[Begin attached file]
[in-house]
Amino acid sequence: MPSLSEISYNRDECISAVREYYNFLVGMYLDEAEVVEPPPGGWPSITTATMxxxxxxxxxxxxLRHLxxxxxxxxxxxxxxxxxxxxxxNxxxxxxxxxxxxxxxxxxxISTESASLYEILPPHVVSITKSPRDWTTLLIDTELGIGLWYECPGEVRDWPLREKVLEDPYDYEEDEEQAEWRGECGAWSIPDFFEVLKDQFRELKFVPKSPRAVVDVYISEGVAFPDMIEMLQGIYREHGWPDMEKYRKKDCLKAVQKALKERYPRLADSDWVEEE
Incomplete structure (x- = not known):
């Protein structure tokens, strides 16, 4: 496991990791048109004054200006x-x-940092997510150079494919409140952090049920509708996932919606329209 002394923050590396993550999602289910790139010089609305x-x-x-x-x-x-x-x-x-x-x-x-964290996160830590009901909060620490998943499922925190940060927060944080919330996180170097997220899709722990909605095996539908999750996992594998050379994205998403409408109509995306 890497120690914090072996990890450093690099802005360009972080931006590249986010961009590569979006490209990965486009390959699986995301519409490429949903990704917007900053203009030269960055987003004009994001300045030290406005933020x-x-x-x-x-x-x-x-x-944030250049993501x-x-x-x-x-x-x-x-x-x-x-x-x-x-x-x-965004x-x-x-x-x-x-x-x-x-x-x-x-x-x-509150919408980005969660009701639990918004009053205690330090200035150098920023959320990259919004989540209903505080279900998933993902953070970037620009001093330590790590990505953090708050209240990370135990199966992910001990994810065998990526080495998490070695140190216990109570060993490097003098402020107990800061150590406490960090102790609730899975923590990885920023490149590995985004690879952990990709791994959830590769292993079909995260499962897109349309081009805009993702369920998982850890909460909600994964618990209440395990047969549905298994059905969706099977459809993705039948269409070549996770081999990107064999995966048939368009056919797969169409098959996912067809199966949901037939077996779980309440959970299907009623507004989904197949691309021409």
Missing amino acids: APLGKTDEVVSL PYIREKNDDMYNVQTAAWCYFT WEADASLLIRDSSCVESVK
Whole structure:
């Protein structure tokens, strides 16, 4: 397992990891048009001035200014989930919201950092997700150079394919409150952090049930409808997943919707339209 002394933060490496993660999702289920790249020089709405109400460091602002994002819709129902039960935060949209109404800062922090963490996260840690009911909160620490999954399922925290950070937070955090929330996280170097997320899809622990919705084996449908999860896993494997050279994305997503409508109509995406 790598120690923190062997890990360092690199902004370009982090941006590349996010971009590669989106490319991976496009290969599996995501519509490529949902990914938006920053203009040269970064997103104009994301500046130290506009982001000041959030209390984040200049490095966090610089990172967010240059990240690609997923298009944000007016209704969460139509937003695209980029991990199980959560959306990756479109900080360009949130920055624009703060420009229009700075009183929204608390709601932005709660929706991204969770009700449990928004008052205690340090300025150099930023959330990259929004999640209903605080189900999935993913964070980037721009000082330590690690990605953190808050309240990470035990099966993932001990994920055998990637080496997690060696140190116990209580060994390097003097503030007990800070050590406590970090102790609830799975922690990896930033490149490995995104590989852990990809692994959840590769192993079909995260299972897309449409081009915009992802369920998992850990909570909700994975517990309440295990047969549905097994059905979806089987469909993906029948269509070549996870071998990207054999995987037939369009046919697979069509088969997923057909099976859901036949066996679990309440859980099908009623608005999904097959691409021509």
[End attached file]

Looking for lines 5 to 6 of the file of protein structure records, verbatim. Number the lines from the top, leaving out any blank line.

Missing amino acids: APLGKTDEVVSL PYIREKNDDMYNVQTAAWCYFT WEADASLLIRDSSCVESVK
Whole structure: